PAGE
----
In two client meetings last week I suggested something that led to the same reply: “I never thought of that”.
Client One is being made redundant. The first £30,000 of any redundancy payment is tax free and I suggested the taxable part of his severance pay above this amount be paid into his pension by his employer before he leaves. To which he replied:
“That’s a great idea. I never thought of that.”
A lot of income tax saved, pension boosted and easy for the company’s HR department to sort out.
Client Two is in her early 70s and was widowed earlier this year. Her investments are almost surplus to requirements as all her spending is funded by various State and personal pensions. However, she has an equity release mortgage with a 6.5% interest rate, the compounding effect of which over time could soon erode any equity in the family home.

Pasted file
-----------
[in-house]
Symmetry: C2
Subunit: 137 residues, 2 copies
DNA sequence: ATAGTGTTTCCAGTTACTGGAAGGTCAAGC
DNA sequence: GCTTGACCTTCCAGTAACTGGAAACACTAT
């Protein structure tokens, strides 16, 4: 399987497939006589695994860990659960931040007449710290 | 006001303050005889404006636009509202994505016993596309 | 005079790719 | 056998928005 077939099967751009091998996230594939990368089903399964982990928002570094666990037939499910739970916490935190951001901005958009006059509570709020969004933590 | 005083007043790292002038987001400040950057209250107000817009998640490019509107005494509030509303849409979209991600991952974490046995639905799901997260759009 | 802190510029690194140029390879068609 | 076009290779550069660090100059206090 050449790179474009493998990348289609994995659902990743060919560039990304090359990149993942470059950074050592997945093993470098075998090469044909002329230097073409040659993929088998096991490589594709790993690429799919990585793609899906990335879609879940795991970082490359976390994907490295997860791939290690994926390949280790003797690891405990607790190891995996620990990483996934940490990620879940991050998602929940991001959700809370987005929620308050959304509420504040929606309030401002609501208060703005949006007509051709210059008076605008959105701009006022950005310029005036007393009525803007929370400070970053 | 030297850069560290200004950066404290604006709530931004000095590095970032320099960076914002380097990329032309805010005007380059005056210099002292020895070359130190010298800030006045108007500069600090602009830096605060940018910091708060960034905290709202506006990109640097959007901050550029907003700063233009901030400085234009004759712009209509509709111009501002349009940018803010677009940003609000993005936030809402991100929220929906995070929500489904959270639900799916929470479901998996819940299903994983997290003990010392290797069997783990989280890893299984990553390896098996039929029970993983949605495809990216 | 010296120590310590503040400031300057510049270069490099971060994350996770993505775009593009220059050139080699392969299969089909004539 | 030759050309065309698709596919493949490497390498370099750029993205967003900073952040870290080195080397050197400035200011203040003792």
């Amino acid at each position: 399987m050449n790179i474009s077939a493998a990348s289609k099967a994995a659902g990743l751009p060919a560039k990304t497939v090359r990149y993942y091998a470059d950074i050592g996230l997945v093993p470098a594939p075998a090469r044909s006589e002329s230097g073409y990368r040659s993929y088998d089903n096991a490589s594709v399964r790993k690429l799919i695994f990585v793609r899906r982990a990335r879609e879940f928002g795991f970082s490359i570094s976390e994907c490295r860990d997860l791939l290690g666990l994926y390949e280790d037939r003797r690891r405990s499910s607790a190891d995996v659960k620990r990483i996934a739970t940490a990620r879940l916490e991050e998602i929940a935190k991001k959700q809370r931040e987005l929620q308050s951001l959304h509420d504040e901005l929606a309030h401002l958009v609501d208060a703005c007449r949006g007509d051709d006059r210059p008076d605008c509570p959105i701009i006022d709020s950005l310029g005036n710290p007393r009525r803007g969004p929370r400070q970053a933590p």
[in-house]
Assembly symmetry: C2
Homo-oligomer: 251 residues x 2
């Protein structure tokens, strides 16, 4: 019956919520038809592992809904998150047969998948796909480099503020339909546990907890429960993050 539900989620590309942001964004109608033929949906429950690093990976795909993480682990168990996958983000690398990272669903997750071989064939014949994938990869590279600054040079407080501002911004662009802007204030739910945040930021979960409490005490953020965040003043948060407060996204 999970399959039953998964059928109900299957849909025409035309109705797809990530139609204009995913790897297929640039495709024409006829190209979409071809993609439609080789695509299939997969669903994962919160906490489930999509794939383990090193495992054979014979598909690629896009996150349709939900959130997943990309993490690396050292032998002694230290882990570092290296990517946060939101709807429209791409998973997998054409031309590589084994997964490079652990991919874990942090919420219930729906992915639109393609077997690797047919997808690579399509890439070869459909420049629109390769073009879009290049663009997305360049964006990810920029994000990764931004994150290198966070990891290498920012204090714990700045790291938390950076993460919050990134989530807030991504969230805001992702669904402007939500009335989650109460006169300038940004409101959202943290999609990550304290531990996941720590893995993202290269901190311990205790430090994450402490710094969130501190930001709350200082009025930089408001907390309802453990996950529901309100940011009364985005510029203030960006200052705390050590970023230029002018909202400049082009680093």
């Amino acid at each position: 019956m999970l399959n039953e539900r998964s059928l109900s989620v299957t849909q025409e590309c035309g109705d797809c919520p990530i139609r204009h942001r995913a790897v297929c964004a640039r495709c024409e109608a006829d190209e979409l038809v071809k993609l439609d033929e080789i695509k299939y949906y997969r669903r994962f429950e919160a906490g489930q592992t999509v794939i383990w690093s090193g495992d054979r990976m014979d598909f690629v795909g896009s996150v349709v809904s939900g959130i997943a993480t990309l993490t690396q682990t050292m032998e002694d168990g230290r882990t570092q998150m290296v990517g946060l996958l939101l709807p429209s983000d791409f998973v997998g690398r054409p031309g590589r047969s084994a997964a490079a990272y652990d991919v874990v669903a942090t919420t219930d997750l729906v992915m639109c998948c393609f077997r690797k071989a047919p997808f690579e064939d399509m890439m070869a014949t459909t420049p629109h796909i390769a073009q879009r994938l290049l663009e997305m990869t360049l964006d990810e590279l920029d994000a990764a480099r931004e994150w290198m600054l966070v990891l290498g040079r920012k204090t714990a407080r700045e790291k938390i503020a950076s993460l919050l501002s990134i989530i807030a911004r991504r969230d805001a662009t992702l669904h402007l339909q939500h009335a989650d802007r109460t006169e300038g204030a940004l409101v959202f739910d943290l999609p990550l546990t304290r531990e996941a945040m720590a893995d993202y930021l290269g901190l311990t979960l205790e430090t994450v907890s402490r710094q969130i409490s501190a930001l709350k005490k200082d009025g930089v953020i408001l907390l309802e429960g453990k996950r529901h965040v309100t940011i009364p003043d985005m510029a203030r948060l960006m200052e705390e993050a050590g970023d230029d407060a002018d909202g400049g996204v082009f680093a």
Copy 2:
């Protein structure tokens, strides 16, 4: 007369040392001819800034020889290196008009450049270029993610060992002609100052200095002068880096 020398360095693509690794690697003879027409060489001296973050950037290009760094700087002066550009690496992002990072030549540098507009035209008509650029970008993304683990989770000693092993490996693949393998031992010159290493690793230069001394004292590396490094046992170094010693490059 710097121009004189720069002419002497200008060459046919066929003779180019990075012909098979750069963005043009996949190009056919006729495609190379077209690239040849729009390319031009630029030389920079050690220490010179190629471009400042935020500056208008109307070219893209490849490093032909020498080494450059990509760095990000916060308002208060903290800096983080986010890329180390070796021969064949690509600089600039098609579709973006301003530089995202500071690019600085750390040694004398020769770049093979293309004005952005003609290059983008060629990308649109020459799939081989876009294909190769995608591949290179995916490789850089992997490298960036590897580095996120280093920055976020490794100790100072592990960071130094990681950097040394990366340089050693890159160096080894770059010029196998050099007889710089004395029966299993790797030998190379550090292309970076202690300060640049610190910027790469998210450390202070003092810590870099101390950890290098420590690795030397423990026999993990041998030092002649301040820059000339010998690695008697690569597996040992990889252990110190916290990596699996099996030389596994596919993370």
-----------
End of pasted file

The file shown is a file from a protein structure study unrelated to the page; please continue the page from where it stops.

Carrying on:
The client already realised it is possible to re-mortgage the property with another lender and more than halve the interest being paid. However, I also queried if the loan could be paid off as there would be more than enough investments left over to cover any additional spending if needed in the future. To which she replied:
“Hmmm, that’s interesting… I never thought of that.”
On reading the above you might think that what I suggested was fairly obvious. But it’s surprising how often people can have a fixed mindset about their finances and not be able to see any alternatives.
A common request we hear a lot from clients is to draw the income from their investments. Dividends may be quarterly or half yearly and differing amounts, but most of your bills arrive every month. So instead of sending clients an ever-changing amount that could be zero for several months in a row, we set up portfolios to send a fixed amount to the client bank account each month.
I don’t think it will be long before someone says “I never thought of that” to such an approach as well.
What is your fixed mindset telling you about your finances?